You make a lot of music that you can play in a club or at a party, but there’s an undercurrent of sadness and heartbreak to it. Where does that come from?
That comes from the pain in me. I let it come out when I’m in the studio. You don’t really see it in interviews, but when I’m in the studio, I let that pain come out. Even if it’s something good, I let the goodness come out and you gonna hear my excitement in my voice. You always gonna feel me. That’s my main thing. When I’m speaking in my music, you gotta feel me.
Has having a daughter affected your music at all?
Having a daughter made my music, I guess, more meaningful. It made me see more of life when I had my daughter. She was born on the day I dropped my mixtape, Artist, a year after, on Valentine’s Day. I gave her the middle name Valentine, Melody Valentine.
On a recent episode of “Everyday Struggle,” Joe Budden said something to the effect, “I don’t know why we don’t talk about A Boogie more.” Do you feel underrated?
Yeah, I feel kinda underrated in a way, but at the same time, I feel not, cause I’m still new at this. It wasn’t like I was expecting to be this much of a big artist. My music speaks for itself. It just needs more work being pushed and everything. Besides that, yeah, I feel like I’m underrated.
Was it a difficult process making your new album?
It was a difficult process picking the songs out that I wanted. Cause it just can’t be any group of songs. It gotta kinda flow. You gotta listen to one song and when that song comes off the next song gotta feel like it was attached to that song. It gotta feel like a movie. Not just like a movie literally, but it gotta feel like a path, basically. Like you going with it, like you going with the grain.
Where did the inspiration for “Drowning” come from?
To be honest, it came from the beat and the words came from the new chain I bought. The melody came from the beat. The flow is straight that beat. It just gave me that flow. But the lyrics it was from me buying my first, I paid like 80k for the chain at the time and I just upgraded it. So it’s like a hundred and change right now.
Your real name is Artist. Where did your parents get the inspiration for that?
My dad was always into art. He just like all types of art. He deals with a company that just had million dollar sculptures and artwork. So I guess that was a big part of his life right there.
Why didn’t you pick Artist for your rap name?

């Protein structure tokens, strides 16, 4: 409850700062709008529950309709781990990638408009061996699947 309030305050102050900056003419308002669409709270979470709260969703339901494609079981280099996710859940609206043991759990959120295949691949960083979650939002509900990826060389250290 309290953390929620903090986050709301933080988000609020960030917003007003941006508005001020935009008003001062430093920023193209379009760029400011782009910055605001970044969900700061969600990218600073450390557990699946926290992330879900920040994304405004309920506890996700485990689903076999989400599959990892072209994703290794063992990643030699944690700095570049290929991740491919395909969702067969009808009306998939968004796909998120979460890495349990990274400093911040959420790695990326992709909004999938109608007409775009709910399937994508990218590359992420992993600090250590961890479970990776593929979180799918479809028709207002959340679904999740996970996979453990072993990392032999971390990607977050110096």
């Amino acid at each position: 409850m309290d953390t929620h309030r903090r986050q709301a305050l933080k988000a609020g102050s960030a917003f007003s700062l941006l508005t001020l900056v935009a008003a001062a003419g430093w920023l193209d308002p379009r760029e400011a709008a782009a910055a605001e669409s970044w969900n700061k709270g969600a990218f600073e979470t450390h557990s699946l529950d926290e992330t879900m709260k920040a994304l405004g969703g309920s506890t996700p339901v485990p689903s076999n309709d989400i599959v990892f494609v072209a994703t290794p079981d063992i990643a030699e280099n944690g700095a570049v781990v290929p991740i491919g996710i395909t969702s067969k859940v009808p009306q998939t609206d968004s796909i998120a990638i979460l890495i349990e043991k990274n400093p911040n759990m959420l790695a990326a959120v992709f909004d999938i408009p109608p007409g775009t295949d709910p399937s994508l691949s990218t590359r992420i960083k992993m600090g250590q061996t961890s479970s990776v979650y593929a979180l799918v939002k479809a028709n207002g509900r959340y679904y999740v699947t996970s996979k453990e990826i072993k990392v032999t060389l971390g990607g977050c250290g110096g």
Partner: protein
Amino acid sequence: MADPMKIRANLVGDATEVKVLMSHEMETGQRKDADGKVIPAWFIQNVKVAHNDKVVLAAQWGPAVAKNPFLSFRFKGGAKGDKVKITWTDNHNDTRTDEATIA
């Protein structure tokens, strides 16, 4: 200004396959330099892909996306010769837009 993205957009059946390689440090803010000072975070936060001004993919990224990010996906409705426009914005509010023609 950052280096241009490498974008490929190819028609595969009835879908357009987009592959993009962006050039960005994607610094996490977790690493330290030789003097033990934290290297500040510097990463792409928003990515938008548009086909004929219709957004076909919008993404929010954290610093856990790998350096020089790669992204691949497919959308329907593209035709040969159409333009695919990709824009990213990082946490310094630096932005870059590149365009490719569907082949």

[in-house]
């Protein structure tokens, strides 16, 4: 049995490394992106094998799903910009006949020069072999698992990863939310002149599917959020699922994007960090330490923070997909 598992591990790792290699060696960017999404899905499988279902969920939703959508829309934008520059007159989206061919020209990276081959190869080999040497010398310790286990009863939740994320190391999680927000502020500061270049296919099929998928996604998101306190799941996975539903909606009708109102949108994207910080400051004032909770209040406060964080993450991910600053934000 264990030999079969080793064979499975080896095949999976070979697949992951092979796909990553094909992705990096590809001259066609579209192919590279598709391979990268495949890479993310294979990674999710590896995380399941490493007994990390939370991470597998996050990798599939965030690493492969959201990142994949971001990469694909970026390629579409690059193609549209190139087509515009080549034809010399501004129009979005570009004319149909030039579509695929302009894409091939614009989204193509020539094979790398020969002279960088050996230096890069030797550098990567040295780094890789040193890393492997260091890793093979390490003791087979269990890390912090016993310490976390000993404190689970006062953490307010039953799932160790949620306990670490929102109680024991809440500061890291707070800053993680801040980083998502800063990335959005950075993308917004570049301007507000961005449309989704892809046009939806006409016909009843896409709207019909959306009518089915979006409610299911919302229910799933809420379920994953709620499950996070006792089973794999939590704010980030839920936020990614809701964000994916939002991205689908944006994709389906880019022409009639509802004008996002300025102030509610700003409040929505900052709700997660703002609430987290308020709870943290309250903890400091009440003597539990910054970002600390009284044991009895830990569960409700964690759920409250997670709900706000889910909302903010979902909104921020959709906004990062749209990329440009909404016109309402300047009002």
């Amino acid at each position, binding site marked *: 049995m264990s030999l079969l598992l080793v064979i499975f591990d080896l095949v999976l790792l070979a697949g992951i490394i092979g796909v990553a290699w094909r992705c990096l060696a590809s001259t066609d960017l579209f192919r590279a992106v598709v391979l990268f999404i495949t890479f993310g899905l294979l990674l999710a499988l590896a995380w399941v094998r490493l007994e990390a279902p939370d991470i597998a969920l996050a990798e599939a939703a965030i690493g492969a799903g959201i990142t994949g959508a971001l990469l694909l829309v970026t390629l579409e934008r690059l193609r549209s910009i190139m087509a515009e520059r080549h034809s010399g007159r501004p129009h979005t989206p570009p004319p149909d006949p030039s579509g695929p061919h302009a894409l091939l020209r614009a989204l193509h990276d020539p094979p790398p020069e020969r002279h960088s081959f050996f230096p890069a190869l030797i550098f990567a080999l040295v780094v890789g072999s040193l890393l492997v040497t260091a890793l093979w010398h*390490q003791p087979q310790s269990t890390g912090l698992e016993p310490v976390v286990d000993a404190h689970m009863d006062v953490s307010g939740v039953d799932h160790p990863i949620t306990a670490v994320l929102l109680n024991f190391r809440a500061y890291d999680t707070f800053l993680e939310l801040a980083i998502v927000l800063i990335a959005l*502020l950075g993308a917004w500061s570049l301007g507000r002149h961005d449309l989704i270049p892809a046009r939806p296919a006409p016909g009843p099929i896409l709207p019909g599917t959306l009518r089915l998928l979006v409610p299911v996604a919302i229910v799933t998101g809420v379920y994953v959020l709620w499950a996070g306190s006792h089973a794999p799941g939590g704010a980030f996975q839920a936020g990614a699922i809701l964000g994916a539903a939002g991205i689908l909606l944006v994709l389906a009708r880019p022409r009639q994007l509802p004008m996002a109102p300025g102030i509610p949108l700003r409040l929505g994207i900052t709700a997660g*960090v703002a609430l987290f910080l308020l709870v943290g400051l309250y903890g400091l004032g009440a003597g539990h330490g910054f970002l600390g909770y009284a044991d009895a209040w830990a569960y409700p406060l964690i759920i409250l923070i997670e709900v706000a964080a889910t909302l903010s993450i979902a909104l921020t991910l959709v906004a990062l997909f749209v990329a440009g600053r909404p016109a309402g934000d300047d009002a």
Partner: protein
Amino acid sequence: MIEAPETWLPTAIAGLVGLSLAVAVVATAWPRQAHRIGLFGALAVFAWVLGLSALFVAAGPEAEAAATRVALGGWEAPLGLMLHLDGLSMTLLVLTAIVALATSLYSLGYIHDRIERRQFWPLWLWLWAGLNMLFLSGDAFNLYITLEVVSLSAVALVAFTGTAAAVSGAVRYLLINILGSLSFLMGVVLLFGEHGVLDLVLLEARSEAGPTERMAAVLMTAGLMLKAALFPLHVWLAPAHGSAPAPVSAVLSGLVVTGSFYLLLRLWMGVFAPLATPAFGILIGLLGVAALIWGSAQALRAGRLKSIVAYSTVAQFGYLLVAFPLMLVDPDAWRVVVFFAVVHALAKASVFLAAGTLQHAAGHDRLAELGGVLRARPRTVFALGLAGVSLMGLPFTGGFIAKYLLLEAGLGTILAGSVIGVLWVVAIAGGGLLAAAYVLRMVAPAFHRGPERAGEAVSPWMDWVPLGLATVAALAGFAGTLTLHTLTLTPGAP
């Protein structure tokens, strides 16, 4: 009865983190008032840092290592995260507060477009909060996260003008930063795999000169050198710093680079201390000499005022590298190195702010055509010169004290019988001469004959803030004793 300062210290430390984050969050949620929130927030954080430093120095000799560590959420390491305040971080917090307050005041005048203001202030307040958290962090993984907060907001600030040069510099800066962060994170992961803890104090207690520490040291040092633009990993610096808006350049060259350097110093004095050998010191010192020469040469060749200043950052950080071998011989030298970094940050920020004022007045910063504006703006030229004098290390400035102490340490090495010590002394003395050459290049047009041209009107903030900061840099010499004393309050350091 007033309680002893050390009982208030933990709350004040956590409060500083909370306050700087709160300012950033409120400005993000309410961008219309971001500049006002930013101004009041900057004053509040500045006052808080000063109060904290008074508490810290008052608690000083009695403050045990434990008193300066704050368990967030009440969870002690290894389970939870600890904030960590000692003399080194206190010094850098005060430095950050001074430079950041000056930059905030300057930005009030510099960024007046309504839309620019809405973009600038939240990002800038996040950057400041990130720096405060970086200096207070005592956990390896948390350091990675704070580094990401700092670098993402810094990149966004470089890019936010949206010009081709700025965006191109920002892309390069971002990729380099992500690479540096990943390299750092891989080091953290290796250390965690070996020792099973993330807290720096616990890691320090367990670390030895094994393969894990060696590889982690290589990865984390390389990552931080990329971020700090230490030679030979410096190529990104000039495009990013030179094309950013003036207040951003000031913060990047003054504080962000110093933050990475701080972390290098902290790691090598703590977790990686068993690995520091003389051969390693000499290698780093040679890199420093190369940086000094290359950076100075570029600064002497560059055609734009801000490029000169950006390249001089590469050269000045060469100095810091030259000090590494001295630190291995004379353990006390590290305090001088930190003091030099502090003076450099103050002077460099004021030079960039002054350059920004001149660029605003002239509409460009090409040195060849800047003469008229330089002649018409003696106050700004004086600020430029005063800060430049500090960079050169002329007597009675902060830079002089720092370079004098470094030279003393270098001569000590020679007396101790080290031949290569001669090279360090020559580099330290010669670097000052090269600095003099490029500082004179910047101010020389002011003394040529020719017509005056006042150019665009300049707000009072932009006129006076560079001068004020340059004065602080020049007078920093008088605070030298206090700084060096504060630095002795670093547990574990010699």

I wanted to in the beginning. I was trying to make my name just Artist in the beginning, but it was weird at first, because I wasn’t an R&B singer or nothing. Not an R&B singer. I didn’t do no melodic songs, none of that yet. It was just straight bars at first. Trying to name myself Artist it was like—nobody gonna think that’s a rapper. If they see Artist just there, they gonna think that’s just a damn subtitle saying Artist [laughs].
What was it like growing up near Yankee Stadium?
When people say Yankee Stadium, they think more just Yankee games, tourists around. But right up that street right there, that’s Highbridge right there and it’s a different side of town when you go up there. But it’s all love at the same time, when it comes to us being amongst ourselves. Cause the Bronx really don’t get along like that. But when you come to Highbridge it’s all love. You see everybody treating each other like family, cookouts, and everything. People’s moms feeding other people’s kids. Everything is good vibes. That’s why I always just go back and make sure I don’t forget that name right there, Highbridge, and that neighborhood.
Both you and Cardi grew up in Highbridge. She has the number one song in the country right now, what does it feel like your neighborhood is running the summer?
I feel like it’s a great opportunity for New York, the Bronx period. Me, Cardi B, French, even Swizz Beatz still coming back right now, doing his thing. I feel like we doing a major comeback better than the past I don’t know how many years. Since everybody else started taking that New York wave before and then left, it’s really coming back right now. We really taking it right now.